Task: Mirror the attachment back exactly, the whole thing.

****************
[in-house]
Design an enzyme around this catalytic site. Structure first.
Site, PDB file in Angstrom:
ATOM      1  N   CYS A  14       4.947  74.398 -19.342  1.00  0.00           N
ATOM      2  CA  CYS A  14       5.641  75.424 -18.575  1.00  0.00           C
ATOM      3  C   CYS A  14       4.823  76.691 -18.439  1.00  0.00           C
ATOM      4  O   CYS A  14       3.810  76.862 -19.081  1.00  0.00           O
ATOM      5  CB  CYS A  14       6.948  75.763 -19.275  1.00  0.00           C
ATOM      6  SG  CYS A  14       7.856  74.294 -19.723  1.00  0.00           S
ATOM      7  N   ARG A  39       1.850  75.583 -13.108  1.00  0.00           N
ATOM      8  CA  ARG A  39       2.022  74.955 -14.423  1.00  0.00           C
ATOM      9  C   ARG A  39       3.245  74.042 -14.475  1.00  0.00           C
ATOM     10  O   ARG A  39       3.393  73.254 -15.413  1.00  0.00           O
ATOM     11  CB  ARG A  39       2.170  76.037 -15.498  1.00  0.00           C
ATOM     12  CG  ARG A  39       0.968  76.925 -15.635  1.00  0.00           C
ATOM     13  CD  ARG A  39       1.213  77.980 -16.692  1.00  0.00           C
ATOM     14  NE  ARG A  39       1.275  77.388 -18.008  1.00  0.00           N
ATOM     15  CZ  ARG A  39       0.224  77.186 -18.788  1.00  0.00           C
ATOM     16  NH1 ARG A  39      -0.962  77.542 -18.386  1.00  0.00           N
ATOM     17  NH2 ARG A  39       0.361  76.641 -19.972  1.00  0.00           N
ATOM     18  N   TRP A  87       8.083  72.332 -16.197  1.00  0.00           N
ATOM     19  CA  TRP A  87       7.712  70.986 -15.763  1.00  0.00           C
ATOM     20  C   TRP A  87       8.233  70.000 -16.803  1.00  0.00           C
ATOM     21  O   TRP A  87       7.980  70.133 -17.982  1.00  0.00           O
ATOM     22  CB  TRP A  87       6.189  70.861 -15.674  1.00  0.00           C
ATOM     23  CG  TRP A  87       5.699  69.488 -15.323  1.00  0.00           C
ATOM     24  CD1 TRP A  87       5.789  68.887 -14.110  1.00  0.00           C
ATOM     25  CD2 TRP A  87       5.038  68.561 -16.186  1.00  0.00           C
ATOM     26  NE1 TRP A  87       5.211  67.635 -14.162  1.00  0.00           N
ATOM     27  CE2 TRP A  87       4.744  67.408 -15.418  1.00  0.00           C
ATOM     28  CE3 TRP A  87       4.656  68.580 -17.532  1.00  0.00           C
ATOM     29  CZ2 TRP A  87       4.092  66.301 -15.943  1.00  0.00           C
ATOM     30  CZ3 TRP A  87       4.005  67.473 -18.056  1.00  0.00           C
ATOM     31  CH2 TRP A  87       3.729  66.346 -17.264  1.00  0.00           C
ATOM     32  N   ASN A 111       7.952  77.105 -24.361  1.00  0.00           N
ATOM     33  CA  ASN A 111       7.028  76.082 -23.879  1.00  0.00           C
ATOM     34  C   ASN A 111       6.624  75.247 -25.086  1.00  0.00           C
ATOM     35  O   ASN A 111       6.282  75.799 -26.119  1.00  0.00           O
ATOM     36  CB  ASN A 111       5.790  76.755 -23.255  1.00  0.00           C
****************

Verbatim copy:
[in-house]
Design an enzyme around this catalytic site. Structure first.
Site, PDB file in Angstrom:
ATOM      1  N   CYS A  14       4.947  74.398 -19.342  1.00  0.00           N
ATOM      2  CA  CYS A  14       5.641  75.424 -18.575  1.00  0.00           C
ATOM      3  C   CYS A  14       4.823  76.691 -18.439  1.00  0.00           C
ATOM      4  O   CYS A  14       3.810  76.862 -19.081  1.00  0.00           O
ATOM      5  CB  CYS A  14       6.948  75.763 -19.275  1.00  0.00           C
ATOM      6  SG  CYS A  14       7.856  74.294 -19.723  1.00  0.00           S
ATOM      7  N   ARG A  39       1.850  75.583 -13.108  1.00  0.00           N
ATOM      8  CA  ARG A  39       2.022  74.955 -14.423  1.00  0.00           C
ATOM      9  C   ARG A  39       3.245  74.042 -14.475  1.00  0.00           C
ATOM     10  O   ARG A  39       3.393  73.254 -15.413  1.00  0.00           O
ATOM     11  CB  ARG A  39       2.170  76.037 -15.498  1.00  0.00           C
ATOM     12  CG  ARG A  39       0.968  76.925 -15.635  1.00  0.00           C
ATOM     13  CD  ARG A  39       1.213  77.980 -16.692  1.00  0.00           C
ATOM     14  NE  ARG A  39       1.275  77.388 -18.008  1.00  0.00           N
ATOM     15  CZ  ARG A  39       0.224  77.186 -18.788  1.00  0.00           C
ATOM     16  NH1 ARG A  39      -0.962  77.542 -18.386  1.00  0.00           N
ATOM     17  NH2 ARG A  39       0.361  76.641 -19.972  1.00  0.00           N
ATOM     18  N   TRP A  87       8.083  72.332 -16.197  1.00  0.00           N
ATOM     19  CA  TRP A  87       7.712  70.986 -15.763  1.00  0.00           C
ATOM     20  C   TRP A  87       8.233  70.000 -16.803  1.00  0.00           C
ATOM     21  O   TRP A  87       7.980  70.133 -17.982  1.00  0.00           O
ATOM     22  CB  TRP A  87       6.189  70.861 -15.674  1.00  0.00           C
ATOM     23  CG  TRP A  87       5.699  69.488 -15.323  1.00  0.00           C
ATOM     24  CD1 TRP A  87       5.789  68.887 -14.110  1.00  0.00           C
ATOM     25  CD2 TRP A  87       5.038  68.561 -16.186  1.00  0.00           C
ATOM     26  NE1 TRP A  87       5.211  67.635 -14.162  1.00  0.00           N
ATOM     27  CE2 TRP A  87       4.744  67.408 -15.418  1.00  0.00           C
ATOM     28  CE3 TRP A  87       4.656  68.580 -17.532  1.00  0.00           C
ATOM     29  CZ2 TRP A  87       4.092  66.301 -15.943  1.00  0.00           C
ATOM     30  CZ3 TRP A  87       4.005  67.473 -18.056  1.00  0.00           C
ATOM     31  CH2 TRP A  87       3.729  66.346 -17.264  1.00  0.00           C
ATOM     32  N   ASN A 111       7.952  77.105 -24.361  1.00  0.00           N
ATOM     33  CA  ASN A 111       7.028  76.082 -23.879  1.00  0.00           C
ATOM     34  C   ASN A 111       6.624  75.247 -25.086  1.00  0.00           C
ATOM     35  O   ASN A 111       6.282  75.799 -26.119  1.00  0.00           O
ATOM     36  CB  ASN A 111       5.790  76.755 -23.255  1.00  0.00           C